5. Assess the capability of the family to cope with stress
6. Offer alternative interpretation of proposed therapeutics
7. Describe disease and treatment according to patients level of comprehension and
8. Make a clinical judgment about the amount of information to give and be absorbed by the
9. Give small doses of information over time
10. If diagnosis is confusing or stressful
a. Provide support and continuity of care
b. Interpret findings
c. Offer advice and encouragement
Stage III- Major Therapeutic Efforts
-Represents one of the most challenging and rewarding part of medical practice
-Physician should deal with multiple variables
*work in harmony with the wishes of the patient and family
*Coordinate all aspect of the therapy

Family-oriented approach with individual patient

Involving family members in routine office visits
Family conference/ meeting
Involving Family Members in Routine Office Visits
- One or more family members are present
- Common medical Situation: Well-child and prenatal care, diagnosis of a chronic
- Length of visit: 15-20 min
- How scheduled: Request family member attendance
- Family Interviewing
Family Conferences
- A specially arranged meeting requested by the physician, patient or family to discuss
the patients health problem in more depth than can be addressed during a routine
office visit
- Medical Situation: Terminal Illness
- Length of visit: 30-40min

1. Psychological state and preparedness of the patient and family- if patients belief system in
certain treatment plan is different with that of the physician, he might resist the treatment.
Thus the physician should investigate for signs and symptoms of non-compliance.
2. Assume responsibility of care very early in the treatment plan. Define roles
3. Economic status- of what good is the treatment if the family cant afford it.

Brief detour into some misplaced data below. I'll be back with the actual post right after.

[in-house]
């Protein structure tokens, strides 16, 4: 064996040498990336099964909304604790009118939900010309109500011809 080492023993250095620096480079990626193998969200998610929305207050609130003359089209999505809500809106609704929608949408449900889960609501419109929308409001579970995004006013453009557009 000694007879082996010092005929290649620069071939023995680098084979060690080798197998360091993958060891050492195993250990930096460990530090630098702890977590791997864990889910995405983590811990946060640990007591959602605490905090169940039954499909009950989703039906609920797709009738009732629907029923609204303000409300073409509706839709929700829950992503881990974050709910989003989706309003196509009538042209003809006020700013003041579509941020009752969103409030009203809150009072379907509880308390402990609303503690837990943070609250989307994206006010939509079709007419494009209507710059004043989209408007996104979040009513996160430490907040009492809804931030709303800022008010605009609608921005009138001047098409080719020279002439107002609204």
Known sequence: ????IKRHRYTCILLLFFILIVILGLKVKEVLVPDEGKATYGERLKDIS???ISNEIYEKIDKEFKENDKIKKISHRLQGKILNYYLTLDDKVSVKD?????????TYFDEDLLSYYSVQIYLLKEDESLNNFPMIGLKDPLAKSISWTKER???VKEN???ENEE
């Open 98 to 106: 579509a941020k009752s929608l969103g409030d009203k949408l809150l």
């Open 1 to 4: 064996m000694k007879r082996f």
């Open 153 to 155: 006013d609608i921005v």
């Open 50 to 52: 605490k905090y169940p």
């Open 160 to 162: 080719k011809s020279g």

Economic impact of illness
a. Emotional trauma
b. Social dislocation
c. Economic catastrophe- wipes out family savings
4. Lifestyle and cultural characteristics of the family
5. Effects of hospitalization, surgery, and other therapeutic methods are emotionally stressful
to the family.
- Hospitalization give rise to stressful logistic problem
o Father- special economic burden
o Mother- greatest impact on other family member and poses high risk of family
1. Remain open and work in harmony with the patient and his family
2. Deal with multiple variables; consider all factors when planning
3. Coordinate all aspects of therapy
4. Anticipate pathologic responses and be able to deal with them
Stage IV- Early Adjustments to Outcomes- Recovery
Return from the hospital or major therapy
Gradual movement from the role of being sick to some form of recovery or adaptation
Adjustment of relation within the family
Types of Outcomes
1. Return to full health- simplest outcome
Gains from illness experience
Patient allowed to take over abandoned obligation
2. Partial recovery
Followed by a period of waiting to see if illness will return
Fear of death
Constant sense of vulnerability
3. Permanent disability
1. Deal with immediate effects of trauma
2. Alleviate anxiety and assure adequate rest
3. Psychological support
4. Explore level of understanding of patient and family

Stage V- Adjustment to the Permanency of the Outcome

- Familys adjustment to crisis
- Second crisis occurs as family realizes that they must accept and adjust to a permanent
- FOR ACUTE ILLNESS: Potential for crisis when routines are suspended
Physician can facilitate acceptance of diagnosis
- FOR CHRONIC ILLNESS: Prolonged fear and anxiety leads to higher incidence of
illness in other members of the family
Feeling of guilt brings about anger and resentment
Physician should encourage ventilation of feelings, give reassurance and
reinforcement of care
- FOR TERMINAL ILLNESS: Highly emotional and potentially devastating
Single most difficult time of the entire illness experience
If family is functional: members are drawn close together
If family is dysfunctional: seed for future family discord and breakdown
Physician should provide quality home care